Mr. Vertigo Reviews 1: Fables Vol. 14 & 15; Beasts of Burden; DMZ Vol. 9; Scalped Vol. 7; Mister Wonderful

I’ve been writing reviews of current graphic novels/collections on the Captain Comics website for a few years under the title “Mr. Vertigo Reviews Again” (you can find the older ones there in the General Comics Discussions area). So I’m going to continue that practice here. I’ve been away from this for a few months, so some of these are more current than others.

Bill Willingham/Mark Buckingham/Steve Leialoha/David Lapham/Jim Fern/Andrew Pepoy/Craig Hamilton (Vertigo, 2010)
Fables Vol. 14: Witches

This collection opens with “Boxing Days,” a one-shot describing how Mr. Dark was captured by the Empire. There are lots more flashback stories that could be told like this. Nice to see artist Craig Hamilton back, he did a great job on the “The Last Castle” Special back in 2003. The title arc covers a lot of ground, showing more about the role of the witches in Fabletown, Geppetto’s return and the power grab everyone probably secretly suspected would happen eventually, and of course Bufkin the flying monkey’s valiant defense of the disembodied Fabletown Business Office. The Great Fables Crossover battle against the Literals is mentioned only briefly. Like everyone else who was not actually present at the climax, no one in Fabletown remembers it. Frustrating to arrive at a major plot point–the arrival of the Blue Fairy–only to take two issues for a diversion in Flycatcher’s kingdom. It’s a fun story, though, taking off from “Casey At The Bat” to explore serious questions about just rule. Also Fly’s relationship to the late Boy Blue, and to Riding Hood. Willingham often makes pacing decisions like this, something he can get away with in a series so successful that he can count on taking as much time as he wants to tell a story. Sometimes the side stories turn out to be significant: in this volume the opening “Boxing Days” issue winds up having more relevance to the current storyline than was apparent at first.

Evan Dorkin/Jill Thompson (Dark Horse, 2010)
Beasts of Burden: Animal Rites

Dorkin and Thompson began this horror series starring talking animals in 2003, with no thought of doing more than one short story. The first part collects all four of the stories from The Dark Horse Book of… anthologies. I read the first one, “Stray” in a Free Comic Book Day collection a few years back, and it’s still one of the best. For the later four-issue series they had considerably more space to work with. The individual issues were still fairly free standing–a new crisis introduced and (mostly) resolved in each one–but they did make use of series history. The reintroduction of Dymphna the witch cat was a nice touch, and she went on to play an important role. While the big resurrected bad guy was defeated in the final issue, it also set the scene for an ongoing battle. Which reminds me of the way BPRD’s series of miniseries have been structured.The concept of a horror story with talking animals may be hard to imagine if you haven’t read it. But the animals are written and illustrated with very distinct personalities (more than some humans in comics!) and the horror feels real. This hardcover collection also includes an Afterward by Evan Dorkin about the genesis of the series, and a Sketchbook with notes by Jill Thompson.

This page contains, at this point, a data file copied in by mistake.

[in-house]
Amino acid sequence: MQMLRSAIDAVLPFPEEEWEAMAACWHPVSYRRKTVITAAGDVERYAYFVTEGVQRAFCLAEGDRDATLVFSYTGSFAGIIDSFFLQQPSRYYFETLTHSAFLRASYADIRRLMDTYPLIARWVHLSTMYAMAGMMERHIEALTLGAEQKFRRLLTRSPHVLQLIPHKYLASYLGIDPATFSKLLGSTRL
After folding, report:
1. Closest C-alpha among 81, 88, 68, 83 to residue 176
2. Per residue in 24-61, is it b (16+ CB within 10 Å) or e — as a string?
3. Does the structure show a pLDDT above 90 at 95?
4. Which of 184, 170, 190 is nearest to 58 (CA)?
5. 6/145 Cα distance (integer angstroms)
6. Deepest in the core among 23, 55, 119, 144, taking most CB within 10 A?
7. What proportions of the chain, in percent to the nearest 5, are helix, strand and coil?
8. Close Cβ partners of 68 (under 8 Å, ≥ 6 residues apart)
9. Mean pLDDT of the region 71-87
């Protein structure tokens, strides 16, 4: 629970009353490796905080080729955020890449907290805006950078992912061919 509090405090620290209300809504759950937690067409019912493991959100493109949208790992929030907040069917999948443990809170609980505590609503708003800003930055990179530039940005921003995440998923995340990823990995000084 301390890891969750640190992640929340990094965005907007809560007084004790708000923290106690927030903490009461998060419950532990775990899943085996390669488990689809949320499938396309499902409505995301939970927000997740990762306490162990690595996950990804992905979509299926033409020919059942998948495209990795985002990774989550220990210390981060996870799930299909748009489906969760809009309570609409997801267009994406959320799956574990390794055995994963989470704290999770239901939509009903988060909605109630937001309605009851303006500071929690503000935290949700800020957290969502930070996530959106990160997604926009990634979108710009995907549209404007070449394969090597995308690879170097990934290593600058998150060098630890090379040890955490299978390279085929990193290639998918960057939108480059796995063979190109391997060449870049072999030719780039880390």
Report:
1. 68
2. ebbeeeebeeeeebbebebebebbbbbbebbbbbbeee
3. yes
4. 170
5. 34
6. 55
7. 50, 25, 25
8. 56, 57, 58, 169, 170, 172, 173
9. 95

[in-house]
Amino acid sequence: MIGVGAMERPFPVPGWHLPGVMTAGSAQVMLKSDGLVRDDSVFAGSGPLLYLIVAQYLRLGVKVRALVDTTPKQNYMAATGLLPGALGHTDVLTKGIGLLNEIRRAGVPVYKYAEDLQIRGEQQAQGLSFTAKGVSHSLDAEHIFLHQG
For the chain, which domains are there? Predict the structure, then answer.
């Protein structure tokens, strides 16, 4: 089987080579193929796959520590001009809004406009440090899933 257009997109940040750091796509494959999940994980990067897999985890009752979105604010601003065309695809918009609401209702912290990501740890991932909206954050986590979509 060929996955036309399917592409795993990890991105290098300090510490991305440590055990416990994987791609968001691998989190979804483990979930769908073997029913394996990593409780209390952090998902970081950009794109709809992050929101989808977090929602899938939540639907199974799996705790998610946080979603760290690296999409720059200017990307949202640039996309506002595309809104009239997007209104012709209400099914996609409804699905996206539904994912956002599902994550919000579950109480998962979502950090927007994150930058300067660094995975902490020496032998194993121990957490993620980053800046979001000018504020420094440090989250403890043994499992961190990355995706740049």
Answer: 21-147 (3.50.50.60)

Brian Wood/Riccardo Burchielli (Vertigo, 2011)
DMZ Vol. 9: M.I.A.

When we left Matty Roth, he had just made a horrible mistake. Imprecise orders had resulted in a civilian massacre by his private militia: he found himself immediately persona non grata, all of his work in the DMZ undone. And then he looked into the distance and saw a mushroom cloud… But the first issue in this collection prolongs the suspense, because it is issue #50, a celebration issue featuring a star-studded group of guest artists. Titled “Notes From the Underground,” the concept is Matty looking over his notes, trying to make sense of his time in the DMZ. Nothing much happens, but the series of short stories and pinups summarize many of the major players in the story so far. Great variety of artists (Rebekah Isaacs, Jim Lee, Fabio Moon, Ryan Kelly, Lee Bermejo, Riccardo Murchielli, Phillip Bond, John Paul Leon, Eduardo Risso, and Dave Gibbons). Many have been associated with the book, but some are wild cards, and they all get to do something unusual. The four part title arc shows Matty coping with his new status, riddled with guilt and trying to survive in a desolate part of town, all alone. The detonation of Parco Delgado’s nuclear device has left him on the run, his government in shambles. Matty’s mistake has been largely lost in the confusion: people are looking for him because they think he knows Parco’s location (which he doesn’t). His decision to turn himself in at the nearest border checkpoint becomes an odyssey through the city, ironically featuring more action than the average DMZ arc. And when he gets there, he gets the surprise of his life. Instead of being arrested or killed, he is treated as an honored guest and offered amnesty, in exchange for returning to the DMZ and continuing to report on the situation for Liberty News and the U.S. government. He rejects the amnesty offer, but takes the job. So the arc ends with his return to the city with a fresh start, a second chance to get it right.